The latest build of the Wahoo Kickr is the best yet, and it's not like it was awful before. It's smoother and quieter, and a brilliant bit of kit if you're serious about indoor training. Which you'll need to be if you're thinking of forking out a grand.
- Pros: Smooth, quiet, progressive, well built
- Cons: No native cadence sensing, care needed when using app to avoid dropouts on ANT+
The Kickr, like most direct drive smart trainers, is a big heavy lump of a thing, robustly built out of steel and weighing in at over 21kg. That bulk is good news in that it helps to ground the trainer very effectively, and also plenty of it is in the new, heavier, 7.25kg flywheel that's designed to offer a smoother ride experience. The two legs of the Kickr pivot inwards for storage, so if you can't leave it out all the time it does fold down to a pretty compact unit, and the integrated carry handle means lugging it about isn't too onerous.
It's not just roadies training indoors these days, and not all road bikes are quick release either. The Kickr will accommodate 12x142 and 12x148 thru-axles as well as 130mm and 135mm quick release frames, so unless you want to train on a clown bike or something you should be able to make your bike work. The height of the trainer is adjustable for different wheel sizes so you're not on the slant, and it should work with your disc brake frame, if you have one.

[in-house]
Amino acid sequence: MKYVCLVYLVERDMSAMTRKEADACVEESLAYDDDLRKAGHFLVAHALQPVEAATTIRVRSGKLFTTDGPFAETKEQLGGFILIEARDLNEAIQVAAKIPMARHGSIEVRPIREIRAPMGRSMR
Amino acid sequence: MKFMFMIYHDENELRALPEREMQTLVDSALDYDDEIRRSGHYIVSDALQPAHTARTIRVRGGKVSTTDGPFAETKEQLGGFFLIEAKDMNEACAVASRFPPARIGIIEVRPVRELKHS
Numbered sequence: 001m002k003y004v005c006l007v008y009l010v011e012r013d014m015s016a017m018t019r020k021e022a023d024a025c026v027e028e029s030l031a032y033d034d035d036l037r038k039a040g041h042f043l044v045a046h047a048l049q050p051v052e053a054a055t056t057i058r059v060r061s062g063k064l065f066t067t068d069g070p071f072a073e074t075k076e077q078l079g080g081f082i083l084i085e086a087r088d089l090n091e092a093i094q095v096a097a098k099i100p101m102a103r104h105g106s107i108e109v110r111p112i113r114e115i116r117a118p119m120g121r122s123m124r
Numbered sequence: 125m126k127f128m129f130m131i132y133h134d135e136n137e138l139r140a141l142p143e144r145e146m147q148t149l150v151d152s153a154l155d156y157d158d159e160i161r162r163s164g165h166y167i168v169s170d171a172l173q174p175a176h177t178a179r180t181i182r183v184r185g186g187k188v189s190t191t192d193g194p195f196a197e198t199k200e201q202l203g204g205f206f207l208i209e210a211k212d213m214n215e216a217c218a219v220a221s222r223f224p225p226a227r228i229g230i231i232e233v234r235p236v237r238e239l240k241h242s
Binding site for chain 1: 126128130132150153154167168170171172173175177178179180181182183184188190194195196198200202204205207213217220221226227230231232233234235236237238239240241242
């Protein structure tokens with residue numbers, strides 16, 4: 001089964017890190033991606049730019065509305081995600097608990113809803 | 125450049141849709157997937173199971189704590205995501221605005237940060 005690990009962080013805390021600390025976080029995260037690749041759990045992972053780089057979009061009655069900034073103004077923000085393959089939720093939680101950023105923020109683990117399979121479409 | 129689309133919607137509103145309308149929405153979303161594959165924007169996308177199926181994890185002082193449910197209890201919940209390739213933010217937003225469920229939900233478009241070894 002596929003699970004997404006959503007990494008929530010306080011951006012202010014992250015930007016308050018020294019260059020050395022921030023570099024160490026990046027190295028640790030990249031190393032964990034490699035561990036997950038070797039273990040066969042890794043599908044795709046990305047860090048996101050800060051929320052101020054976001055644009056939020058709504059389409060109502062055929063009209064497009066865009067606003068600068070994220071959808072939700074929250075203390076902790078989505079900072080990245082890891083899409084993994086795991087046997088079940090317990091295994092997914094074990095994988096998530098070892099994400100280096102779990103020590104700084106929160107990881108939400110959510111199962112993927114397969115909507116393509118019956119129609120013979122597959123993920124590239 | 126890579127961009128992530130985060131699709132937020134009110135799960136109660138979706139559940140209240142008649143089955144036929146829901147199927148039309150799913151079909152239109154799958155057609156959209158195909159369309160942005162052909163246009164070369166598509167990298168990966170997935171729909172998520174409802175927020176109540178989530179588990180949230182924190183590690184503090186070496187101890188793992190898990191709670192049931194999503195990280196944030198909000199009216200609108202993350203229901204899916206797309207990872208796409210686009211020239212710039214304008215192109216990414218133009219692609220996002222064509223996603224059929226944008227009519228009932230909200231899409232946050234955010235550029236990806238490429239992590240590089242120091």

The rear wheel mount pivots, so it's compatible with Wahoo's Kickr Climb gradient simulator for extra realism.
Setting up the Kickr is easy enough: an 11-speed 11-28 cassette is supplied (the freehub is HG splines so all 8/9/10-speed Shimano/SRAM units should work if your bike isn't 11-speed), so you just need to fit the correct hub spacers, unfold the legs, plug in the power supply (with its nice generous lead) and away you go. Even first time out of the box it only takes about 10 minutes.
I was using the Kickr with my Merida race bike and the interface between the frame and the trainer was solid, with no movement or creaking. The bike is held firmly and there's no lateral give, so you need to be mindful of not adding too much side-to-side stress when you're doing a hard effort out of the saddle, unless you've also invested in (or made) a rocker plate.